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PBoC Clarifies e-CNY Internationalization in Latest Progress Report

China has sought to address the attention its planned release of a digital yuan (e-CNY) and its likely use for cross-border payments to promote an internationalization agenda has generated.

In a People’s Bank of China (PBoC) latest progress report on the digital currency published on July 17, China cites exploring the improvement of cross border payments as one of the objectives for introducing the e-CNY but it’s presently designed mainly for domestic retail payments.

It highlights that cross border payment has various complicated issues such as monetary sovereignty, foreign exchange policies and arrangements, and compliance requirements and “the internationalization of a currency is a natural result of market selection.”

The disclosure is supposedly to clarify some of the concerns that have been attributed to the future use of the digital yuan at a global level.

About $5.3 bln has been reported transacted so far in the e-CNY trial that has been going on across major Chinese cities, a phase the PBoC notes in the report has helped them to explore the innovation of e-CNY application models.

According to a 2012 Asian Development Bank Institute working paper, the internationalization – the process of capital account liberalization – is supposed to help reduce exchange rate risks for Chinese firms and reduce transaction costs in trade leading to a further expansion of international trade. It is also to improve the funding efficiency of Chinese financial institutions so that they can increase their international competitiveness and help China reduce its need to hold the US dollar as a medium of exchange and a store of value accordingly.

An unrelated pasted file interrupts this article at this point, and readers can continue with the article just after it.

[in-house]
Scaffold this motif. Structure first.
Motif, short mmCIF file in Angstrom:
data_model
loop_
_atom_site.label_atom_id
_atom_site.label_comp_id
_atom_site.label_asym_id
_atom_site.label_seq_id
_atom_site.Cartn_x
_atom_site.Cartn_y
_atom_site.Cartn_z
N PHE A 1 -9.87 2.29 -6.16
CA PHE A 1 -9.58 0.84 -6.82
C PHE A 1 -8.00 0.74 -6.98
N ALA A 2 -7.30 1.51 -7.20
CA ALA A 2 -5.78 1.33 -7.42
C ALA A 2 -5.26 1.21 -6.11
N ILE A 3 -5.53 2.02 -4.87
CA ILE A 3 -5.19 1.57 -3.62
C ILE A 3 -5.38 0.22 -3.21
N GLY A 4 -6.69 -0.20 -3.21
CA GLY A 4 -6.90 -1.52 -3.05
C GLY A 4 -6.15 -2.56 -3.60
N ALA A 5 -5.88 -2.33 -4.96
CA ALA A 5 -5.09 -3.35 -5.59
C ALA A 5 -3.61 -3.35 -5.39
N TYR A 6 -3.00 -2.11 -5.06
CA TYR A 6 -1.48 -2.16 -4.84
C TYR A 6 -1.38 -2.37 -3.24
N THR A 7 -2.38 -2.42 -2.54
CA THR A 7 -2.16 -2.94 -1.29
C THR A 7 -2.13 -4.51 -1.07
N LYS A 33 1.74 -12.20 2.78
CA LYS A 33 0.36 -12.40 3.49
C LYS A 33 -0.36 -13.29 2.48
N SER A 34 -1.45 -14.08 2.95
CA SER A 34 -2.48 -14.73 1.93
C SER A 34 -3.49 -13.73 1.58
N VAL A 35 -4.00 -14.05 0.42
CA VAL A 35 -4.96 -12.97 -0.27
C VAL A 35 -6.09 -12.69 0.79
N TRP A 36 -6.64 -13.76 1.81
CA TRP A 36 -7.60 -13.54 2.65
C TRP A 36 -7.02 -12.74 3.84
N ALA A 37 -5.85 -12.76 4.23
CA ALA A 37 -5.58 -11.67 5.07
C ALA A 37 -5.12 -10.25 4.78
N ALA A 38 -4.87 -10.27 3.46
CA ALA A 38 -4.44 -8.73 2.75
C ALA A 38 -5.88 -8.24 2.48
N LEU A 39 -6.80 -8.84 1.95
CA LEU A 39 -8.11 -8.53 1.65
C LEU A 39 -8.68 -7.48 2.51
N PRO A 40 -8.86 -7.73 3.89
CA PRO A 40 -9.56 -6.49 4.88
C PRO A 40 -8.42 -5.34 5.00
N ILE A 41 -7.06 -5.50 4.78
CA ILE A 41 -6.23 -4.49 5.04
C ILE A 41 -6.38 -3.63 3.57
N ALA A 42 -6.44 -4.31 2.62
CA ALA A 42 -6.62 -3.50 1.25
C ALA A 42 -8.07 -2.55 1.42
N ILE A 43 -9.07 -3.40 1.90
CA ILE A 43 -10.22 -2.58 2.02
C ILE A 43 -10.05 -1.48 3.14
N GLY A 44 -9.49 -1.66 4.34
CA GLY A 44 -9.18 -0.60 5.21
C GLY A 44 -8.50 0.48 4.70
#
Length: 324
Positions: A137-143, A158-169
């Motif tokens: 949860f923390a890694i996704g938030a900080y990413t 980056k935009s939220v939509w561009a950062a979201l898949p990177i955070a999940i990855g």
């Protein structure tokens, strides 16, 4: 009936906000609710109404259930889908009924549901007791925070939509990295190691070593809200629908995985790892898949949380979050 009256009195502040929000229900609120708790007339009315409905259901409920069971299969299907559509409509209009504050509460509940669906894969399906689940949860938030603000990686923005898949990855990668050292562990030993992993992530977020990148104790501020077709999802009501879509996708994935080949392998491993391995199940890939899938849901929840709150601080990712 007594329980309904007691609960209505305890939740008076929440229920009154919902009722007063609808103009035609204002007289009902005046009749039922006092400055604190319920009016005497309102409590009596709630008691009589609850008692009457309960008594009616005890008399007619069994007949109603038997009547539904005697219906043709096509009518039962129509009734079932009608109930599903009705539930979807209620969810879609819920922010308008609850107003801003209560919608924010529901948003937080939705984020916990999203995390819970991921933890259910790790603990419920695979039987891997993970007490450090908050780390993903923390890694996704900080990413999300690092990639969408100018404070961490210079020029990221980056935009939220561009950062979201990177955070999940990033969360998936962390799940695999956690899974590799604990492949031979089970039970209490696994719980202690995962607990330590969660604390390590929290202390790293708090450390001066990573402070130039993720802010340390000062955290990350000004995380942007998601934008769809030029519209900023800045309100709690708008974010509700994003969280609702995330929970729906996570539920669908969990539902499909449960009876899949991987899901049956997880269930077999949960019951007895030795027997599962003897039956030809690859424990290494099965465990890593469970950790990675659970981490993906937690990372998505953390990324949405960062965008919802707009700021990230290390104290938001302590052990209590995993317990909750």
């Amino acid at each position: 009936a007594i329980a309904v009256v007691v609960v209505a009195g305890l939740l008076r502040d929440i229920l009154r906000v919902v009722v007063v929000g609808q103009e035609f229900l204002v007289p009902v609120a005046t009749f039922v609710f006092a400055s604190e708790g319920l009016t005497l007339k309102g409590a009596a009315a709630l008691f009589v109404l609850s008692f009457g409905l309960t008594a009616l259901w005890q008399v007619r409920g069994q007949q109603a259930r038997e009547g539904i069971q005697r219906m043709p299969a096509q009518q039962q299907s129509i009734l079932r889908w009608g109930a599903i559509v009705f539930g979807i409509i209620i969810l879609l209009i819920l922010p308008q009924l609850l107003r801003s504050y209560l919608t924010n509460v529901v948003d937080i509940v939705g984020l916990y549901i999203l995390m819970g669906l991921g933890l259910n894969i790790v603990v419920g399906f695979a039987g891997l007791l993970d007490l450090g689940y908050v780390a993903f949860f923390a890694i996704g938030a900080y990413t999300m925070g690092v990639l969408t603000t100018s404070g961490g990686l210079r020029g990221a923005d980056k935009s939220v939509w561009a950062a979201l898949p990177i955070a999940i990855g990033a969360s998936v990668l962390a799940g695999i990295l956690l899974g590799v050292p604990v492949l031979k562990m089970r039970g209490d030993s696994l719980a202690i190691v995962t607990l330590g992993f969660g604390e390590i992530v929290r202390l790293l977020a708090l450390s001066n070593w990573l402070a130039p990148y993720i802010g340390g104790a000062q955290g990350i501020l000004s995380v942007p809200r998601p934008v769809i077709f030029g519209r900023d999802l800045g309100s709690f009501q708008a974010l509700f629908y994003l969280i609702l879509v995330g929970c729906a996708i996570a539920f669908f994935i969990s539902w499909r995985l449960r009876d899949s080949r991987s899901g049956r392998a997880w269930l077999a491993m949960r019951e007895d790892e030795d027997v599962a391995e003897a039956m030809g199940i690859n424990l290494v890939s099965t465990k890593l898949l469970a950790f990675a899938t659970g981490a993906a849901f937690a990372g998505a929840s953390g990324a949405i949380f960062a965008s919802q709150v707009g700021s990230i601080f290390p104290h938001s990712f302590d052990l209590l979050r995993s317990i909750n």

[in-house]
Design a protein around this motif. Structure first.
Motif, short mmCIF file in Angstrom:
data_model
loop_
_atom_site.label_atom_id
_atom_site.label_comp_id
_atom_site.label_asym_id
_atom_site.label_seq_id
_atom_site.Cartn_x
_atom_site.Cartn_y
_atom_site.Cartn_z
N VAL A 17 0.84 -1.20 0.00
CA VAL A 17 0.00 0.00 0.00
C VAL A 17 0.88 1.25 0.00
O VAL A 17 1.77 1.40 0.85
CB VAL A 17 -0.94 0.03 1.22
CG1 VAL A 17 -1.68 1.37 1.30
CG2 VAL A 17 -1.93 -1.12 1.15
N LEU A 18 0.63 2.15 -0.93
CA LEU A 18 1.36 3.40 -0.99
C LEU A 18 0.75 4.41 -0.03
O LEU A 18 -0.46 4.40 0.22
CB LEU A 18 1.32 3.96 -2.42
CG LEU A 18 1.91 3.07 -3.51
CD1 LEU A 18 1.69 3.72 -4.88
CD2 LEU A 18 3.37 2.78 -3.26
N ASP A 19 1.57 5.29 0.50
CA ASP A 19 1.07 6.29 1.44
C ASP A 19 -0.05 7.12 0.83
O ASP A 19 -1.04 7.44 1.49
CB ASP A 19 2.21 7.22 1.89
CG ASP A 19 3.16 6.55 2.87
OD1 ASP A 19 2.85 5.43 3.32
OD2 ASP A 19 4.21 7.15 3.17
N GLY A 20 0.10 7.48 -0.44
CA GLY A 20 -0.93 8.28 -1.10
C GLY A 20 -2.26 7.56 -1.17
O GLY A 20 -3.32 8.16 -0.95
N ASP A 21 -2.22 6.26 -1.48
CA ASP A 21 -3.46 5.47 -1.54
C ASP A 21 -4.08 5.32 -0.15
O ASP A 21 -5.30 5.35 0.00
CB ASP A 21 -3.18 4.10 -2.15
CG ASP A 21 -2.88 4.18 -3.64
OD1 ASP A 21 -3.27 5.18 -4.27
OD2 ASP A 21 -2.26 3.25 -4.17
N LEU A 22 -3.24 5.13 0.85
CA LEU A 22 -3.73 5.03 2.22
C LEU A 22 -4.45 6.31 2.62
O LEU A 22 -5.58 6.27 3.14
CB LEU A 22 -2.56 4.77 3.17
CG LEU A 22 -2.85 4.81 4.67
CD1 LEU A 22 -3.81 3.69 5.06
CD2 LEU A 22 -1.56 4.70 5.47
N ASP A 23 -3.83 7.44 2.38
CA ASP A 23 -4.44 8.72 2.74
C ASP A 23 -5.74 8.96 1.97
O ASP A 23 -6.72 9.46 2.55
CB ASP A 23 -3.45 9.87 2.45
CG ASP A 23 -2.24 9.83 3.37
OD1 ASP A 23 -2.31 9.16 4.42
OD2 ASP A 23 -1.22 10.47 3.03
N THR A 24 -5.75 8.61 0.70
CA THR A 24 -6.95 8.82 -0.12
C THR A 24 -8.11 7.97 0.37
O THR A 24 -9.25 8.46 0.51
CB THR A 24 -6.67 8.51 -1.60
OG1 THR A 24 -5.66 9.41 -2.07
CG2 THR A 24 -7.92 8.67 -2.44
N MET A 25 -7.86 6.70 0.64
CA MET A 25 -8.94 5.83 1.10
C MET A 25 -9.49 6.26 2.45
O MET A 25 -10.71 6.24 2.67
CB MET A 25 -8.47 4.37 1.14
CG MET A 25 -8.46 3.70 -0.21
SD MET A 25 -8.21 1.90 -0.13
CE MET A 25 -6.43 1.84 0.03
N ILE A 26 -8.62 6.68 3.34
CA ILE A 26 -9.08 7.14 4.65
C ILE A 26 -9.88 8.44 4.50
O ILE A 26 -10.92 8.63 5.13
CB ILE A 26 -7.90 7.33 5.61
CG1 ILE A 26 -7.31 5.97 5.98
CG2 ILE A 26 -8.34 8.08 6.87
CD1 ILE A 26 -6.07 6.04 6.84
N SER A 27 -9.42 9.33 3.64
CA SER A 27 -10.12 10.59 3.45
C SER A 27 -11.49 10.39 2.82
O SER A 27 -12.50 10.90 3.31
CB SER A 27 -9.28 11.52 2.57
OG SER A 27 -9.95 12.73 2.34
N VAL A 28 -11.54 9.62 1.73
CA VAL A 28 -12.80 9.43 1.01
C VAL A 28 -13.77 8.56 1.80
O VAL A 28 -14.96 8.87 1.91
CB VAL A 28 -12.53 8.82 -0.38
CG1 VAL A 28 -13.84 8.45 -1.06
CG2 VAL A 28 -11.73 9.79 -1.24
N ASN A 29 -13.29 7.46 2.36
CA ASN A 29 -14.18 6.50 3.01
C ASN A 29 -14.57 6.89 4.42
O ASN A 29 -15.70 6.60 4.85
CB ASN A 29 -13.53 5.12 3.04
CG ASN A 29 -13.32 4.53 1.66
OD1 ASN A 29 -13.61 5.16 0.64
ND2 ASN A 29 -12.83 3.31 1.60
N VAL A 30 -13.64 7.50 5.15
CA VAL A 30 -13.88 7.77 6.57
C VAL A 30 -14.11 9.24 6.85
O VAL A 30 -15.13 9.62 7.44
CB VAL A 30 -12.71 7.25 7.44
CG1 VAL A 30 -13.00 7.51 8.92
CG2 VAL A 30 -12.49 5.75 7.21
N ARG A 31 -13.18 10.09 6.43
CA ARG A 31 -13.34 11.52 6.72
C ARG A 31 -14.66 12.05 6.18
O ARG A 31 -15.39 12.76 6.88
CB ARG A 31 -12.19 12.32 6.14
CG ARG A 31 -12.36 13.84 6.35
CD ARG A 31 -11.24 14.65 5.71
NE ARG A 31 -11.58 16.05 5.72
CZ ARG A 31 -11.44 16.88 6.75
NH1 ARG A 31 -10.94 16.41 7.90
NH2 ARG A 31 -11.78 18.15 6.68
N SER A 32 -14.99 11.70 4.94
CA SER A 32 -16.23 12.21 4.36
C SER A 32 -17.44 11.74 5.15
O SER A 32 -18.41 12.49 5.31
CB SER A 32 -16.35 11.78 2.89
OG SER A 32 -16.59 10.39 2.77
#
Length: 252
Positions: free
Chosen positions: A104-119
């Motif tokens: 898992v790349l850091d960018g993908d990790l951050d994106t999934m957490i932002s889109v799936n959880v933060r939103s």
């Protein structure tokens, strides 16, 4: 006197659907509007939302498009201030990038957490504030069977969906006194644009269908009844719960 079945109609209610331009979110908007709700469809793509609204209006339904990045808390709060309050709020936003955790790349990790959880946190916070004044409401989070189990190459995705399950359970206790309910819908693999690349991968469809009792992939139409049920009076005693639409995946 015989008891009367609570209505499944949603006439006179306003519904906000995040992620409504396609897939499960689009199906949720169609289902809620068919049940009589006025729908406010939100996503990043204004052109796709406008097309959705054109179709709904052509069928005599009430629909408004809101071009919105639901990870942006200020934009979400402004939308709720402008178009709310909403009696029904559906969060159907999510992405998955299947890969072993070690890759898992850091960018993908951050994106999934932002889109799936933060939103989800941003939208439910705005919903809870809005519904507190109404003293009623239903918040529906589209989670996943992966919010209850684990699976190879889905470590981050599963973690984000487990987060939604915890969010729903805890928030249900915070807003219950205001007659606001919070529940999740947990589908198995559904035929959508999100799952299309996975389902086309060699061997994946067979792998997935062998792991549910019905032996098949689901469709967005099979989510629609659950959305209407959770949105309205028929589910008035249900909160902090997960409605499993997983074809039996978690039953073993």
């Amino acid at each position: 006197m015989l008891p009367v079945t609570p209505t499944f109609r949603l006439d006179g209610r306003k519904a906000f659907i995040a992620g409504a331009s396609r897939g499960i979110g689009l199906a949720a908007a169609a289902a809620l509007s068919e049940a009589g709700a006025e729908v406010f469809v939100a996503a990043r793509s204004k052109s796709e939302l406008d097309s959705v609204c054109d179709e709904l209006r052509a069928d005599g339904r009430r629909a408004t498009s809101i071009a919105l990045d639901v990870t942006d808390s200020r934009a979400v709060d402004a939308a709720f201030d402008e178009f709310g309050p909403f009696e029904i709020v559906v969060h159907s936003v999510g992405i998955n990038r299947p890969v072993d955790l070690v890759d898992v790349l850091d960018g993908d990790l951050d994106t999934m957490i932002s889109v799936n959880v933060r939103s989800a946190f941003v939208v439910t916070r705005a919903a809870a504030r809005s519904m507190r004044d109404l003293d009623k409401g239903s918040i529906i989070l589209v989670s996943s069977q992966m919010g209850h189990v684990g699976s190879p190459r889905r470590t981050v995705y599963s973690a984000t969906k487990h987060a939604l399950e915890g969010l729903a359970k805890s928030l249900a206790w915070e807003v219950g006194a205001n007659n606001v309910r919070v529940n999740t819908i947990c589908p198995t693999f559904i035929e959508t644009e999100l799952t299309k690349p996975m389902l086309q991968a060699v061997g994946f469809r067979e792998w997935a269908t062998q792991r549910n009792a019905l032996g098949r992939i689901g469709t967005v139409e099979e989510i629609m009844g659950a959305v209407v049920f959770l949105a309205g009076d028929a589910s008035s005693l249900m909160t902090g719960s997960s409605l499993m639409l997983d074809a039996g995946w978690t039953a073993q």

Since China’s assumed effort to internationalize the yuan with the e-CNY has been in the news for a while, there have been suggestions that it seeks to replace the US dollar as the most used global currency. But China denies the claim.

The denial didn’t stop the internationalizing of the yuan being deemed as a realistic attempt though based on China’s being the country with the largest GDP in terms of purchasing power parity and biggest or major trade partners in over 120 countries.

There have also been concerns over data privacy issues especially for non-Chinese who may have to transact with the e-CNY. “Foreign residents temporarily traveling in China can open an e-CNY wallet to meet daily payment needs without opening a domestic bank account,” the research progress at the time said.

The PBoC’s disclosure raised data protection concerns. However, as maintained previously, the latest report reiterates that the e-CNY system will collect less transaction information than traditional electronic payment providers like AliPay and WeChatPay, China’s largest mobile payment service providers.

It adds that they will not provide information to third parties or other government agencies unless stipulated otherwise in laws and regulations as the e-CNY follows the principle of “anonymity for small value and traceable for high value.” The digital currency also “attaches great importance to protecting personal information and privacy,” the report says.

Nonetheless, the PBoC says it is willing to participate actively in international exchanges of views on digital fiat currency and discuss standards setting openly to jointly advance the development of the international monetary system. Research and development will continue on but no set date has been fixed for its public rollout.

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